Jersey Boys (★★½)

jersey_boysWhat an interesting turn of events this is. Clint Eastwood has switched gears with his latest outing, the Broadway adaptation of Jersey Boys, and in doing so has crafted almost inarguably his most likable film in years. At the same time though, most of the reasons that this musical manages to entertain for the most part have nothing to do with Eastwood, while the reasons I can’t quite recommend it have a lot to do with him. On the plus side, the music is obviously catchy, while the story of Frankie Valli and The Four Seasons has a universal rags to riches sort of air to it. On the flip side though, there’s no reason why this movie needs to nearly be 140 minutes long, so when combined with Eastwood’s poor sense of pacing here, the flick drags in a big way at times. John Lloyd Young does sound like Valli and Christopher Walken gets a fun supporting role to play with, but the film isn’t nearly as clever or original as Eastwood and co-writers Marshall Brickman/Rick Elice must think it is. I’m sure plenty of folks will be able to enjoy Jersey Boys as a lesser work, but it’s just a bit too forgettable in the end for me to recommend to you all.

As mentioned above, this is an adaptation of the Broadway musical of the same name. It tells the behind the scenes tale of four young men from New Jersey becoming the iconic group The Four Seasons. There’s a bit of a Rashoman style storytelling effect on display, as each member of the band gets a chance to narrate. There’s of course Frankie Valli (Young), who’s a favorite son in his home town, taken under the wing of Tommy DeVito (Vincent Piazza) and the local mob boss Gyp DeCarlo (Walken). DeVito forms a band with Valli, Nick Massi (Michael Lomenda), and Bob Gaudio (Erich Bergen). They start out small, slowly working their way towards fame. Things aren’t all sunshine and roses though. Tommy is in debt to a loanshark, Frankie’s home life is a mess, and no one quite seems happy. They only realize that in retrospect however, as the tagline of the movie states “Everybody remembers it how they need to”. Interspersed throughout are most of the greatest hits from the band, and only during the end credits does the movie show its Broadway roots. If it sounds fairly decent but unworthy of such a bloated running length, well…you’re on to something there with that line of thinking. That is the work in a nutshell.

tn-500_earlyyearsI didn’t find anyone in the cast particularly good or particularly bad either, which is a tad on the frustrating side. I was partial to John Lloyd Young because of his voice and Christopher Walken for his light comedic touches to his role, but neither blow you away. Young can be a bit one note at times with the dramatic stuff, while Walken disappears from the story for long stretches. Vincent Piazza plays his part like he’s in a remake of Goodfellas (which is ironic since he’s a childhood friend of the real life Joe Pesci and that character is actually in the film), which grates a bit after a while. Michael Lomenda purposely fades into the background while Erich Bergen feels out of place at times. Other supporting players include Mike Doyle, Lacey Hannan, Steve Schirripa, and Freya Tingley, but none of them leave much of a mark, though Doyle has a few moments when he’s first introduced. Walken and Young come the closest, but the music manages to upstage everyone, and rightly so I guess.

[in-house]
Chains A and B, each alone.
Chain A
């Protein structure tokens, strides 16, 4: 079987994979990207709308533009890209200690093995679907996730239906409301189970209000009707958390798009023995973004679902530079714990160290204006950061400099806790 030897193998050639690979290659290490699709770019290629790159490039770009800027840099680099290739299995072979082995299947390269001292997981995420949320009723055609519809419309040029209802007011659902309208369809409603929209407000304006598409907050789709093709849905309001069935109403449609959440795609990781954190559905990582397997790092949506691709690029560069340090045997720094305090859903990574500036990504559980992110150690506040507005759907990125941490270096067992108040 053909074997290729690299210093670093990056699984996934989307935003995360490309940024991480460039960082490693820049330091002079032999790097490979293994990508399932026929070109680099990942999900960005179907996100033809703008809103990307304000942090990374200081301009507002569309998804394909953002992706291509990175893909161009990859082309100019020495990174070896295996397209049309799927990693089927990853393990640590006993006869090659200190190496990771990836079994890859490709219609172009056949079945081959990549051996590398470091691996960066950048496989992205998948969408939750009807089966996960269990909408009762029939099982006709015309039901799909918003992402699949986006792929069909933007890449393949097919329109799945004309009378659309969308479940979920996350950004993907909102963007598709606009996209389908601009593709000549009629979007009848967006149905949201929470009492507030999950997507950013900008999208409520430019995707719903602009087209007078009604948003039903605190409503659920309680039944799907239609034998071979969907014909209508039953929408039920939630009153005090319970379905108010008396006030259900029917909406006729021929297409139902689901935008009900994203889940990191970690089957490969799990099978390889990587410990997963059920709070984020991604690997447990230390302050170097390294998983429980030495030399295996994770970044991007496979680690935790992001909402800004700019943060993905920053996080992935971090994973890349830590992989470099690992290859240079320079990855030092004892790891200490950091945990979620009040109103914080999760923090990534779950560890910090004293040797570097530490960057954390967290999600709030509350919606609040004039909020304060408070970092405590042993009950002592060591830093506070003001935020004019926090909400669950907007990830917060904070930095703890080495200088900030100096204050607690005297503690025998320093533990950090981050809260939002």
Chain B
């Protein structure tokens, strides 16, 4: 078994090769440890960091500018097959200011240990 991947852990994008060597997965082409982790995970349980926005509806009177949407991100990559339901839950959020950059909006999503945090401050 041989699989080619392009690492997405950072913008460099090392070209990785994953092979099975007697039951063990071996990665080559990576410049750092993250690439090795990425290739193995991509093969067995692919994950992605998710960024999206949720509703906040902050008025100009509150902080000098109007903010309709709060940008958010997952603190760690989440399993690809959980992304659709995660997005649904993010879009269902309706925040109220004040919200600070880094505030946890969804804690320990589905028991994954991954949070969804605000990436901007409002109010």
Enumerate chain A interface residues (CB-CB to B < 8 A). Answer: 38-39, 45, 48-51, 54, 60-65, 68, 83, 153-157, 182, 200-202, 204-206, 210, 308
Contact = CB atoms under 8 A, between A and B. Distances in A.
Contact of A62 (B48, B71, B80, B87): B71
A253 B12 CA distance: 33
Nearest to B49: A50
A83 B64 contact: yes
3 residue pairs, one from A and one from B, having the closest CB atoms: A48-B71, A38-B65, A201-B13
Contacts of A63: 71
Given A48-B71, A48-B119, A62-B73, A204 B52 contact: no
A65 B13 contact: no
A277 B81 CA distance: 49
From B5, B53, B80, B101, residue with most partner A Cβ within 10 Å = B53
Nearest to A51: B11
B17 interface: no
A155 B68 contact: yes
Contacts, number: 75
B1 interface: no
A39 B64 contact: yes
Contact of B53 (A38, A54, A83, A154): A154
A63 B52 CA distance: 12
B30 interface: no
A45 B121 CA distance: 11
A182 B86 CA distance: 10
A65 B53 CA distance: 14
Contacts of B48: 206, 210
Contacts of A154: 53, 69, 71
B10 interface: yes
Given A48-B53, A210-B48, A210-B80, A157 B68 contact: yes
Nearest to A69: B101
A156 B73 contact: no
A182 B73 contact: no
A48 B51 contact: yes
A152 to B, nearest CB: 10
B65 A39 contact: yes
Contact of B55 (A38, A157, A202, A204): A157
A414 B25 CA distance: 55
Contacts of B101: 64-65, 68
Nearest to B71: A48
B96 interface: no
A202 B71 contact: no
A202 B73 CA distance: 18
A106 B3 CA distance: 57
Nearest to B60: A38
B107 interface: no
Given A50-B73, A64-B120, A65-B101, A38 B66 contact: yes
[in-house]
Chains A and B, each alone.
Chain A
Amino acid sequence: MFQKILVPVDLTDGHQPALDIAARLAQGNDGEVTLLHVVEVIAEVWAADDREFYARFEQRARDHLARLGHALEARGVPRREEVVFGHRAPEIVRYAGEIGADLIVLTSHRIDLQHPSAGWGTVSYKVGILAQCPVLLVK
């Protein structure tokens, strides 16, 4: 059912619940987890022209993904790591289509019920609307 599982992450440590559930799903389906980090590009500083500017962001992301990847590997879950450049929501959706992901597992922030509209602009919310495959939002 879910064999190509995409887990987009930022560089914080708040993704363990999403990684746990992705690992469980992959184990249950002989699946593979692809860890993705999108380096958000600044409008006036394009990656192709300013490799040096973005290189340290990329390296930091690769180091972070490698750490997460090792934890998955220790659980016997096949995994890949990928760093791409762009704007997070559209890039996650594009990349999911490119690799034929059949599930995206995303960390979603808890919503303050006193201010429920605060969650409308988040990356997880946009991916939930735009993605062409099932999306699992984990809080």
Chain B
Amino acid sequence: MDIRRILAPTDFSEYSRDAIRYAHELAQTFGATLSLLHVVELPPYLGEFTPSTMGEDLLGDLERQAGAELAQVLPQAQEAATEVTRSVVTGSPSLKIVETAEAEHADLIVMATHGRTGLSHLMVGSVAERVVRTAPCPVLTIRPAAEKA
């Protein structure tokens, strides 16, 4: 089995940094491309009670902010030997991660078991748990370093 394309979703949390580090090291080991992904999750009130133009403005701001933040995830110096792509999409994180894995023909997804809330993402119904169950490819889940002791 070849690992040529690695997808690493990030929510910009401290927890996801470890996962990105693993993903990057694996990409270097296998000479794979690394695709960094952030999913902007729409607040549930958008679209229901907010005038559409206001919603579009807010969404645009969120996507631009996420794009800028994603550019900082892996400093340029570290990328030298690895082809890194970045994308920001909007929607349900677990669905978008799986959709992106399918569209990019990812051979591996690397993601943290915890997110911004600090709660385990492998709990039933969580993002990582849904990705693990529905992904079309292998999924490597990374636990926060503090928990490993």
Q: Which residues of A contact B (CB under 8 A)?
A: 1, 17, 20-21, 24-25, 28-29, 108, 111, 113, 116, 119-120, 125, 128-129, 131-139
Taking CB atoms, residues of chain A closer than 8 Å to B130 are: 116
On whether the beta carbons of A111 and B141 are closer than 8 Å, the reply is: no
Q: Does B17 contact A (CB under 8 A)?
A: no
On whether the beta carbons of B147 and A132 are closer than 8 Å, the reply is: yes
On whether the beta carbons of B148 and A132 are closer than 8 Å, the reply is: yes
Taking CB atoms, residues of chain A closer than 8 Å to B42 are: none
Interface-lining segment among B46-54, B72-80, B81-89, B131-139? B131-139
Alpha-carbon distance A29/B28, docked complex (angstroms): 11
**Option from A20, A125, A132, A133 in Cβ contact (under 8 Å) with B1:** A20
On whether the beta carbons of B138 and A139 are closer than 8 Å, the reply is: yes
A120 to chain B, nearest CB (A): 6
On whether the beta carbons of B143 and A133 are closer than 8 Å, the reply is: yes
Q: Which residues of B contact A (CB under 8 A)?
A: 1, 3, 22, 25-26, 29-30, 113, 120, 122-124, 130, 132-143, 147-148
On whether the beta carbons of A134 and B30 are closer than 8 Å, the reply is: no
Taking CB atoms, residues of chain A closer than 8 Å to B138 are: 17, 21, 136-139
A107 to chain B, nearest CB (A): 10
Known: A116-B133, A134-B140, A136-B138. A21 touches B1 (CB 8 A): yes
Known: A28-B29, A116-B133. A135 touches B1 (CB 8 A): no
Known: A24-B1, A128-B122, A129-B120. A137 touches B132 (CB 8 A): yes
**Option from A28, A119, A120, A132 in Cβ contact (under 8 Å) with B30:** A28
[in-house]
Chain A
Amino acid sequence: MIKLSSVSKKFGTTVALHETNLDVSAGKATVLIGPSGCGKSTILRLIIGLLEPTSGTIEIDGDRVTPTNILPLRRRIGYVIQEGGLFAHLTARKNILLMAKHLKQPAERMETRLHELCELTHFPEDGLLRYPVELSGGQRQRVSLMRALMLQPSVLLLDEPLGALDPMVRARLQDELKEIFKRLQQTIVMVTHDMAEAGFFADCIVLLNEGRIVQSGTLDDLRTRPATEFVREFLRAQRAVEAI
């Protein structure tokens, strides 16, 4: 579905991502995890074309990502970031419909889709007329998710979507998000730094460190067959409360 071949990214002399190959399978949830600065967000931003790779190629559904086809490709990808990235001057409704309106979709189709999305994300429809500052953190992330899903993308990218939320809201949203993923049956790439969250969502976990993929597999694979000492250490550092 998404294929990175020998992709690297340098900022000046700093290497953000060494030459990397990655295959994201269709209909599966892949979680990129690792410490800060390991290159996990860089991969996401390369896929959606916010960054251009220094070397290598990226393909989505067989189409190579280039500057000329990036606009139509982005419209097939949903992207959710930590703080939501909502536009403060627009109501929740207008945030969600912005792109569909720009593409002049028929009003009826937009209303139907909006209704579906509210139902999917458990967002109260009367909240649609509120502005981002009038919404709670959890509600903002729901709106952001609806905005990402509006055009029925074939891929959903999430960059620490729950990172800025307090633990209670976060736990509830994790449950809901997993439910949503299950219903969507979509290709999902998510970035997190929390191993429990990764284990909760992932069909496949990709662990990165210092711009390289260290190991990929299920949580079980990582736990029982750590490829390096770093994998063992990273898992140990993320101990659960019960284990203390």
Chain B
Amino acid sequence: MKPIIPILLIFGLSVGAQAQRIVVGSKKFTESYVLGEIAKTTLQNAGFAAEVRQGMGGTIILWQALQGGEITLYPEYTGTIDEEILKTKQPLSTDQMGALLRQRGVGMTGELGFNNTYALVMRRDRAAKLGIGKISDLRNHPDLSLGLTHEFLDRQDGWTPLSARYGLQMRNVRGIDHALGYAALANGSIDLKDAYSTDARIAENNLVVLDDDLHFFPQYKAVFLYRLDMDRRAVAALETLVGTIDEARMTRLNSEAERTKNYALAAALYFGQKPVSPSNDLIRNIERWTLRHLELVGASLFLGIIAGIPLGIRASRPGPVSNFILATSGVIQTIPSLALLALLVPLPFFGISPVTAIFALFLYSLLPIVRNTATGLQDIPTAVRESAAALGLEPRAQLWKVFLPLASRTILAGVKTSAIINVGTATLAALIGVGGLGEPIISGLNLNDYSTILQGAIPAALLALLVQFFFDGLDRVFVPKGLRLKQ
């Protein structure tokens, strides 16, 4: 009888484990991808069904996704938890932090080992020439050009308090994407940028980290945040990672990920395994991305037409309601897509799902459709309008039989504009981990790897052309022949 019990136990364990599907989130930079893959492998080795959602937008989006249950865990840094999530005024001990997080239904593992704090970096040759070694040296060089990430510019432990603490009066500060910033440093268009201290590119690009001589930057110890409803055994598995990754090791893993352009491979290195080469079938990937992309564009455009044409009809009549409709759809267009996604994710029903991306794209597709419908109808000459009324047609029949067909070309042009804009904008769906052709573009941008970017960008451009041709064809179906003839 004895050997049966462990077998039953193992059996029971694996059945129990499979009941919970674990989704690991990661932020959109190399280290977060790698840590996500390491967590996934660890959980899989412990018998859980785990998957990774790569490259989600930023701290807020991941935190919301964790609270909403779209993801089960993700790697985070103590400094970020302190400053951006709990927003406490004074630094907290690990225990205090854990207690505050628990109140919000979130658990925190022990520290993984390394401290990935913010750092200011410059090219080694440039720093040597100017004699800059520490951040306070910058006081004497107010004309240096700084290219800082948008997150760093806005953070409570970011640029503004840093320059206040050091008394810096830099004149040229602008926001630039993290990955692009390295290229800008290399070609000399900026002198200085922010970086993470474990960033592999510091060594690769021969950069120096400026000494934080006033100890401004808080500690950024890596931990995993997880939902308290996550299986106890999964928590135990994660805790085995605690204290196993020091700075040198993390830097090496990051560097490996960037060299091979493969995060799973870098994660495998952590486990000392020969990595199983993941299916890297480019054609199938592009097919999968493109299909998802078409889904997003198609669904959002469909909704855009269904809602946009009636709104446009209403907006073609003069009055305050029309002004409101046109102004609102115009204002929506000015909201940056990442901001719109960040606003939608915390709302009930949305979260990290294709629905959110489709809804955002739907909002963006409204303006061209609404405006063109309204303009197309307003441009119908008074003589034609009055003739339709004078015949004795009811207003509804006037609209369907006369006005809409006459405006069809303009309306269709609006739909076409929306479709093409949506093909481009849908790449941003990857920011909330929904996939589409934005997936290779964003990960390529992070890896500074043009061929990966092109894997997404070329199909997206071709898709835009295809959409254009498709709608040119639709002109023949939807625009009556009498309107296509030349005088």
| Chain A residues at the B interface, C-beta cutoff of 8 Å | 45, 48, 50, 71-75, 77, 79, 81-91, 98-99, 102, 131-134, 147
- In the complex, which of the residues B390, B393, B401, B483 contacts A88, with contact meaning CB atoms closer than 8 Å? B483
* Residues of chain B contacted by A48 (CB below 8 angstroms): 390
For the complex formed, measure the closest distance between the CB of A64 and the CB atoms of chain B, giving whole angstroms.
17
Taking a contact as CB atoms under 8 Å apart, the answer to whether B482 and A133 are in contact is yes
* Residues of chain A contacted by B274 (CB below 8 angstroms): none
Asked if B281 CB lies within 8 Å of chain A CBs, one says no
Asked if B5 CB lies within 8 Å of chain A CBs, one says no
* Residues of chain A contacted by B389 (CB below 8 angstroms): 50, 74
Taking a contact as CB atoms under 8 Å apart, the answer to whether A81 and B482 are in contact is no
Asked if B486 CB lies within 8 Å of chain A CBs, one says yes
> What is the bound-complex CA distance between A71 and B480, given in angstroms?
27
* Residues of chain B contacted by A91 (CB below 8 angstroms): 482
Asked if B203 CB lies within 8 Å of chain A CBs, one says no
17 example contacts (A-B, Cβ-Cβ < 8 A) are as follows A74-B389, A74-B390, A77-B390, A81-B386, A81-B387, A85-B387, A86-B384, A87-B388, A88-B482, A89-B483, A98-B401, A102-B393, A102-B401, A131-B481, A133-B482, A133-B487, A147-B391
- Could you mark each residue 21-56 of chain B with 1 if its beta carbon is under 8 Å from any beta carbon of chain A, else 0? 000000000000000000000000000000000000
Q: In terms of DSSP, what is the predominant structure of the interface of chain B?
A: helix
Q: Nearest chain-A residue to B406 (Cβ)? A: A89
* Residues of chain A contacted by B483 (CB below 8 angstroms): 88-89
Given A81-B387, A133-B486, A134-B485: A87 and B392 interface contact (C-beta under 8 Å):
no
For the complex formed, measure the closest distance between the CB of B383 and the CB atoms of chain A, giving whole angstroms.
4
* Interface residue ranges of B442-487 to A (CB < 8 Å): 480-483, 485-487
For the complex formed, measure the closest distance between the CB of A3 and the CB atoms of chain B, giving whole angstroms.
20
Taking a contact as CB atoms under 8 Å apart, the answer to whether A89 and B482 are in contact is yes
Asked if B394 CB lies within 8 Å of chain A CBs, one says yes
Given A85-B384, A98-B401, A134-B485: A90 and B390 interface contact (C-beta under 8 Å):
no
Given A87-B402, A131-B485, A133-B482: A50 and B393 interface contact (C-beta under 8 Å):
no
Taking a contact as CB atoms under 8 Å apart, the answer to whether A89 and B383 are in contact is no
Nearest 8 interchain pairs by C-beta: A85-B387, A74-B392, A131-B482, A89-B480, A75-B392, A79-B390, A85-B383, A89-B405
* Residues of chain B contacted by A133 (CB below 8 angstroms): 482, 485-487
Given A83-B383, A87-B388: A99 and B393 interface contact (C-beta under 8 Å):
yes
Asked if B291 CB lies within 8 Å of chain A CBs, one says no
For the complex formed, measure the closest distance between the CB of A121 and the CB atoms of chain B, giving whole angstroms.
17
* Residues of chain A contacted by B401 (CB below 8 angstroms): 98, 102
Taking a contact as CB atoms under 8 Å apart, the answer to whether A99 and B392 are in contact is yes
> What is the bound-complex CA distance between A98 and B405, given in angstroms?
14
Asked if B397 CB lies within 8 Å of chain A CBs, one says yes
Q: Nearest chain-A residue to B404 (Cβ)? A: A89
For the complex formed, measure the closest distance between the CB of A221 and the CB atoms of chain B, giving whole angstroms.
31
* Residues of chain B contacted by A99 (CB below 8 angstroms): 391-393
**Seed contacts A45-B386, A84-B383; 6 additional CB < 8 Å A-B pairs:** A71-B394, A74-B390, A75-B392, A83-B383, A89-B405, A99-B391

Clint Eastwood seems all wrong for this kind of a movie, and while he does nothing noteworthy, he did manage to not make this some sort of a tone deaf embarrassment. Aside from a stagey feeling to the New Jersey beginning (it’s clearly California) section and his normally dark lighting by cinematographer Tom Stern, it’s a workmanlike bit of directing, for a musical at least. The script by Marshall Brickman and Rick Elice comes from the book they wrote for the play, so they knew what they were doing. Brickman is better than this though (he has an Oscar for co-writing Annie Hall, after all), especially when you see how overly long this production is. What probably felt like a perfect length on Broadway will lose some folks three quarters of the way through here.

Overall, Jersey Boys is better than we feared but ultimately not as good as some had hoped. It’s a competent lesser work by Eastwood and if nothing else an interesting change of pace for him. My thumb leans more down than up, but with the caveat that this is a decent enough option for curious audience members. You more or less know what you’re getting with Jersey Boys, so choose wisely folks.

Thoughts? Discuss in the comments!